Way back in the first Oz book, we learn that there’s an area around the Emerald City that’s green in color instead of matching any of the color-coding of the quadrants surrounding it. The people wear peaked hats like the Munchkins do, except in green instead of blue. Dorothy rather confusingly refers to it as “the Land of Oz,” presumably because it’s the part of the country where Oz lives and rules. From what I can remember, later books only use “Land of Oz” to refer to the entire nation, but the other usage seems to have stuck in some places. Recall “To Oz!” from the MGM film, or “He’s the Wiz and he lives in Oz” from The Wiz. There’s never been an official name for this place, although I’ve seen Emerald County, Midland, the District of Oz, and the District of Quadumbia.
The Road to Oz mentions, “a green meadow as pretty as a well-kept lawn, and in this were neither houses nor farms to spoil the beauty of the scene,” when Wizard mentioned several houses and farms in the area, and Dorothy and her friends spent the night at one of them.
Patchwork Girl once again has travelers in the green area stop for dinner at a farmhouse. I suppose we have to take the comment about the lack of houses with a grain of salt, or perhaps it’s only true of a certain part of the territory.
It may be significant that the characters approached the place from the Munchkin County in Wizard and Patchwork Girl, but from the Winkie in Road. Patchwork also has the travelers pass through a gate that’s only real when you’re looking at it in order to reach the area.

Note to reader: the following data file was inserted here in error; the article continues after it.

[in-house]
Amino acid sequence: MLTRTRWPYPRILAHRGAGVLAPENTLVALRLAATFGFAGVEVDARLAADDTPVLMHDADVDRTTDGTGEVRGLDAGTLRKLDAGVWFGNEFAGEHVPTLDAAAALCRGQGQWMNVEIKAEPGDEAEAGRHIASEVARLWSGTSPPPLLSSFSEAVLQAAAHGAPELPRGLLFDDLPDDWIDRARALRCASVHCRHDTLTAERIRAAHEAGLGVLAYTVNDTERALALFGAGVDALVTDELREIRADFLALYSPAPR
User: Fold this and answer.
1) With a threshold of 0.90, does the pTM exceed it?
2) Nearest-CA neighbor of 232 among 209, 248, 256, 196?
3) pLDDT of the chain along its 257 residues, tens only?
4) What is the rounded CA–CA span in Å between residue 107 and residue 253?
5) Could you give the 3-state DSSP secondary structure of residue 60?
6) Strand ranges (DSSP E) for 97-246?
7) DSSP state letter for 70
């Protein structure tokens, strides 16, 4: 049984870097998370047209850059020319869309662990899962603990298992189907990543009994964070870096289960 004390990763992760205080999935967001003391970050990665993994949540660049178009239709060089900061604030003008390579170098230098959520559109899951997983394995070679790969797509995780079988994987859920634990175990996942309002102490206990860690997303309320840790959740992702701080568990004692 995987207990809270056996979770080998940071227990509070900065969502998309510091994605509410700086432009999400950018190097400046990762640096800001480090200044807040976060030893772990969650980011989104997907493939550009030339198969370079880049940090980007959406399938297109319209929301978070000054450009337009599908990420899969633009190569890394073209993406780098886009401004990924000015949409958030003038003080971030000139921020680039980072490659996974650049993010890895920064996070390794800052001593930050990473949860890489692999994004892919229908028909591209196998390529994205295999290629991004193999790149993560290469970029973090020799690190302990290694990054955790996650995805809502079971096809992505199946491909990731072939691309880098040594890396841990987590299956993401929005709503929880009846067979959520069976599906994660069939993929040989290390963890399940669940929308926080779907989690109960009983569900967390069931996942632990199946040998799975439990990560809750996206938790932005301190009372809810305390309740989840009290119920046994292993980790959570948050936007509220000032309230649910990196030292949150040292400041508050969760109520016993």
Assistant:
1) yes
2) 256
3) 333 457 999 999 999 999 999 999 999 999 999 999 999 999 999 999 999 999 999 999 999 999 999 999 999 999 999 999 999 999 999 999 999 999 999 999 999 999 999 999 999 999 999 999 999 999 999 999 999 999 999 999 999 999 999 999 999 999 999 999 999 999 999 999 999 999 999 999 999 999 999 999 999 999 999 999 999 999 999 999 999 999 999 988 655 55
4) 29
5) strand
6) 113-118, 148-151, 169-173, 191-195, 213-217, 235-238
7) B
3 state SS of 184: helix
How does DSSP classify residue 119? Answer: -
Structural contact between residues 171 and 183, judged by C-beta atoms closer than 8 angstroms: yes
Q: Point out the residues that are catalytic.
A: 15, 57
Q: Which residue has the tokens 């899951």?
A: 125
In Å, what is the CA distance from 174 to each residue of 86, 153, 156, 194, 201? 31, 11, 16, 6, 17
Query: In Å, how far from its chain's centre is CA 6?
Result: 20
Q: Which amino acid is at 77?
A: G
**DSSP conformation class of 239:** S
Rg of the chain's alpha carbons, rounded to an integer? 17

And in Purple Prince, Kabumpo passes through a crimson arch on the crest of a hill to reach the Quadling Country from the green area. According to Road, the boundary with the Winkie Country is formed by a river.
So what’s located in this central area other than the city itself and some farms? Road speaks of feathery trees with varicolored leaves shaped like ostrich plumes lining the pathway. According to Patchwork, it’s where six-leaved clovers grow, and the road curves through a grove of tall trees.
The map of Oz shows a large lake to the south of the city, which is mentioned in the text of Lost Princess, and John R. Neill later names Lake Quad. Ozma gives Ojo and Unc Nunkie a house right outside the city wall, and Notta Bit More lives in a tent “on the outskirts of the Emerald City.” Lost King says that Pastoria and Pajuka were enchanted “in a small greenwood near where the Emerald City stands to-day.” In Scalawagons, it’s revealed that Bottle Hill with its bell tower is just north of the city, and can be accessed by means of something called the Lumbering Gate. Neill also puts Jack Pumpkinhead’s home in Pumpkin Park in this area, although L. Frank Baum and Ruth Plumly Thompson had him living in the Winkie Country just west of the green territory. David Maxine at Hungry Tiger Press suggests here that Jack might have actually have two homes. Thompson’s map also places the Fiddlestick Forest in this area, although James E. Haff and Dick Martin move it to the Munchkin Country. Their map also makes the area as a whole smaller in proportion to the rest of Oz than it is on earlier ones. Also, the map in Forbidden Forest places Beryl Mountain in the southeastern part of the country, but I’m not sure I can accept a mountain being in the area. Maybe it’s actually indicating the underground mountain of emeralds in Mark Haas’s…well, Emerald Mountain.